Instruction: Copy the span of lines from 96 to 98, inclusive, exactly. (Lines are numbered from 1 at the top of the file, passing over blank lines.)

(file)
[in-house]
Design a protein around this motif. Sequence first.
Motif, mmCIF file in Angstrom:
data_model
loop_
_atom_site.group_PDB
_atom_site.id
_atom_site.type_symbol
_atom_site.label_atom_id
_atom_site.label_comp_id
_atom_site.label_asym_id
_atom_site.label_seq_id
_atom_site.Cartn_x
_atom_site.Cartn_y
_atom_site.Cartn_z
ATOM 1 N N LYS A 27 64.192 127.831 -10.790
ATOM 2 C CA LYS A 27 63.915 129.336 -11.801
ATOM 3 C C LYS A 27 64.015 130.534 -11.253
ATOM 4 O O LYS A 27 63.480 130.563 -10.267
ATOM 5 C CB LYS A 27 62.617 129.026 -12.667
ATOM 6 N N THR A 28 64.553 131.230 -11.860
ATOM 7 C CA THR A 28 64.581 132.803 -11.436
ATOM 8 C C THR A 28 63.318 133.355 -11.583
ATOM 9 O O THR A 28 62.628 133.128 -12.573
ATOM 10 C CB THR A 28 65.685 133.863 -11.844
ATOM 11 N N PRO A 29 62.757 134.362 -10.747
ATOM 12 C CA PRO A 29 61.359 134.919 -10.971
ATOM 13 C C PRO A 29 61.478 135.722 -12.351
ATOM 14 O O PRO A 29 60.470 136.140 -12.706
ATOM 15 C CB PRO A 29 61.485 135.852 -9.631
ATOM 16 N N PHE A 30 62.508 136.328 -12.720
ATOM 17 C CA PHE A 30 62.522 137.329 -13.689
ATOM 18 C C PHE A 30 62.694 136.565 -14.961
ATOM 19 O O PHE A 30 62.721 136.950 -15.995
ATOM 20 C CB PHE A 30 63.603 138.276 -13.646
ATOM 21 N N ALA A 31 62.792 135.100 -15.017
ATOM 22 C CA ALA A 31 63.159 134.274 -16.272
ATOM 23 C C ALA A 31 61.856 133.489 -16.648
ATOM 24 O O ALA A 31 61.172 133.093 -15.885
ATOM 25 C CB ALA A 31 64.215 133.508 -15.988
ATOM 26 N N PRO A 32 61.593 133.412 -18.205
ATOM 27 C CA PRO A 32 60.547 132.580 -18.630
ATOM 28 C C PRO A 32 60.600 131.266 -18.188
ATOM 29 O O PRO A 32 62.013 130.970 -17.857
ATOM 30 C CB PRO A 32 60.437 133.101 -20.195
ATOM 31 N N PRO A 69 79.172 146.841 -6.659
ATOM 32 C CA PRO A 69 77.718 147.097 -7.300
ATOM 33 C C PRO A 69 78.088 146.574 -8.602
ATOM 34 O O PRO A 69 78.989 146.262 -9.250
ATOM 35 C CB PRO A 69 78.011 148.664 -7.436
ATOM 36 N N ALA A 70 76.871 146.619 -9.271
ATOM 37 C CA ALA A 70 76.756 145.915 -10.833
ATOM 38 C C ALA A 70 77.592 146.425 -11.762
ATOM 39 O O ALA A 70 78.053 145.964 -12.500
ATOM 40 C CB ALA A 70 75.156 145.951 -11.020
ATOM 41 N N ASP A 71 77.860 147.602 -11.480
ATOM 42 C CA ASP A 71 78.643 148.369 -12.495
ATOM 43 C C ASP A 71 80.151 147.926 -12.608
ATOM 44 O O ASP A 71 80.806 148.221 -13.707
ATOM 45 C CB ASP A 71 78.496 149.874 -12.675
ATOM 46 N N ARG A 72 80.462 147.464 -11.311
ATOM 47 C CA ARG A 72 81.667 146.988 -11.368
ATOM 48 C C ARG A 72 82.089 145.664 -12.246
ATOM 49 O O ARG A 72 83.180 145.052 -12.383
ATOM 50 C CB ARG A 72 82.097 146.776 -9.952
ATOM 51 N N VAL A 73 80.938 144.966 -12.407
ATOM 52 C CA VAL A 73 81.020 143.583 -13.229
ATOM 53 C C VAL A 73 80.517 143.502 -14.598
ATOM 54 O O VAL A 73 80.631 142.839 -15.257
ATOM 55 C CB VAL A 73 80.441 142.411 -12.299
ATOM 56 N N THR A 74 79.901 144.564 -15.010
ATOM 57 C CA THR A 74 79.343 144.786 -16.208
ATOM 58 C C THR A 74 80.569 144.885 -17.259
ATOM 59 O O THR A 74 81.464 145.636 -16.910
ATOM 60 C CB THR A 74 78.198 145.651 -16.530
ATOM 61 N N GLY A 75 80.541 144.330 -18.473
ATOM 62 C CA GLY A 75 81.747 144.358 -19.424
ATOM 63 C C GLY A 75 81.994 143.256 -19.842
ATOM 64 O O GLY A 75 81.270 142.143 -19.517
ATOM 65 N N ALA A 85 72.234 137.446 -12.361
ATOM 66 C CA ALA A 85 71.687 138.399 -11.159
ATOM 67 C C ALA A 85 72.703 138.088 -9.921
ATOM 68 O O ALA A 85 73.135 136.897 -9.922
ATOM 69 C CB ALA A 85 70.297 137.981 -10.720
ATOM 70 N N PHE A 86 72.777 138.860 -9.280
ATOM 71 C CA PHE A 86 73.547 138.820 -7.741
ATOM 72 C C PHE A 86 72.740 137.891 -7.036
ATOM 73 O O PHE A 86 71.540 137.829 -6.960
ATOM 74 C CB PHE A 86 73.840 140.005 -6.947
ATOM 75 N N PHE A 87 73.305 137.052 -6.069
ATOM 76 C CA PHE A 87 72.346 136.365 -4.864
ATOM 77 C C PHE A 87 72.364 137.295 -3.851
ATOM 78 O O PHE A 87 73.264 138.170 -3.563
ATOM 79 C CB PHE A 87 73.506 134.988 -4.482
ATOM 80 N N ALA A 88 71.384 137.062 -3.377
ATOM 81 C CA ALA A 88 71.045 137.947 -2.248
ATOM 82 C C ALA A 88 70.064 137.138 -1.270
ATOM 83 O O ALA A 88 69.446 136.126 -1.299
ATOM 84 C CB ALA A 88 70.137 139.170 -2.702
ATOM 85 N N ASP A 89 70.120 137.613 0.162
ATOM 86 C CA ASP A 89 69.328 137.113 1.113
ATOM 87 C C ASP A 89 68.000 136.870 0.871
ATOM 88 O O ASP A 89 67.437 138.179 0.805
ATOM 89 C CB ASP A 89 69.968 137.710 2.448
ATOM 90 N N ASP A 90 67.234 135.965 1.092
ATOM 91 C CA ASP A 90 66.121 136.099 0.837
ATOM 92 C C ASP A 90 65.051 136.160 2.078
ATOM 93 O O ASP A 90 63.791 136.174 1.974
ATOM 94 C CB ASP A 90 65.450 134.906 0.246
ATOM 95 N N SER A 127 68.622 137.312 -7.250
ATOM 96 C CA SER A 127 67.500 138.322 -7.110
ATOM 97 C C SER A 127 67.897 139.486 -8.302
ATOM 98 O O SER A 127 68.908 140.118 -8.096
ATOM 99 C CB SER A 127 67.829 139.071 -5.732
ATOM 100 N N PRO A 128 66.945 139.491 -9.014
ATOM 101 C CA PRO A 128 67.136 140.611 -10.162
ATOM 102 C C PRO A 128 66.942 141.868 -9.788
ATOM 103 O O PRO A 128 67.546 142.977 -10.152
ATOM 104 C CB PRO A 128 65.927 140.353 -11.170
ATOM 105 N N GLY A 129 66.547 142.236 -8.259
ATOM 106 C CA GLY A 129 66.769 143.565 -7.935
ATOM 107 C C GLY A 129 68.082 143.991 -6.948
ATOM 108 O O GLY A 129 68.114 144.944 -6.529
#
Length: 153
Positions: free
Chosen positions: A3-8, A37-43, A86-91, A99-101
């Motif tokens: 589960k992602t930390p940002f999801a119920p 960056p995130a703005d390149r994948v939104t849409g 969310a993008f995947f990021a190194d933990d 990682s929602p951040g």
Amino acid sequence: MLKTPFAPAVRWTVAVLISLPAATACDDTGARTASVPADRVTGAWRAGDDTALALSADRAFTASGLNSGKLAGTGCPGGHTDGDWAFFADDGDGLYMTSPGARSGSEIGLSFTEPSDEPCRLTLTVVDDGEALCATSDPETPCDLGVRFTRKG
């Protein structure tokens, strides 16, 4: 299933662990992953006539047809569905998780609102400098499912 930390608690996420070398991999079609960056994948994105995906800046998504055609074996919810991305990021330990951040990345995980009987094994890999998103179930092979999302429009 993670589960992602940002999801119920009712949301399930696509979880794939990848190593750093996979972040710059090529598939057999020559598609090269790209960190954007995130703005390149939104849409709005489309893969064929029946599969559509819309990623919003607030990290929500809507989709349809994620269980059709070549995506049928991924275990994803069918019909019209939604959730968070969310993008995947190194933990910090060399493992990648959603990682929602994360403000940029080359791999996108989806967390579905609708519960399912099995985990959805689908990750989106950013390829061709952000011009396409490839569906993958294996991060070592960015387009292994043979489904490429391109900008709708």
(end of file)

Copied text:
ATOM 81 C CA ALA A 88 71.045 137.947 -2.248
ATOM 82 C C ALA A 88 70.064 137.138 -1.270
ATOM 83 O O ALA A 88 69.446 136.126 -1.299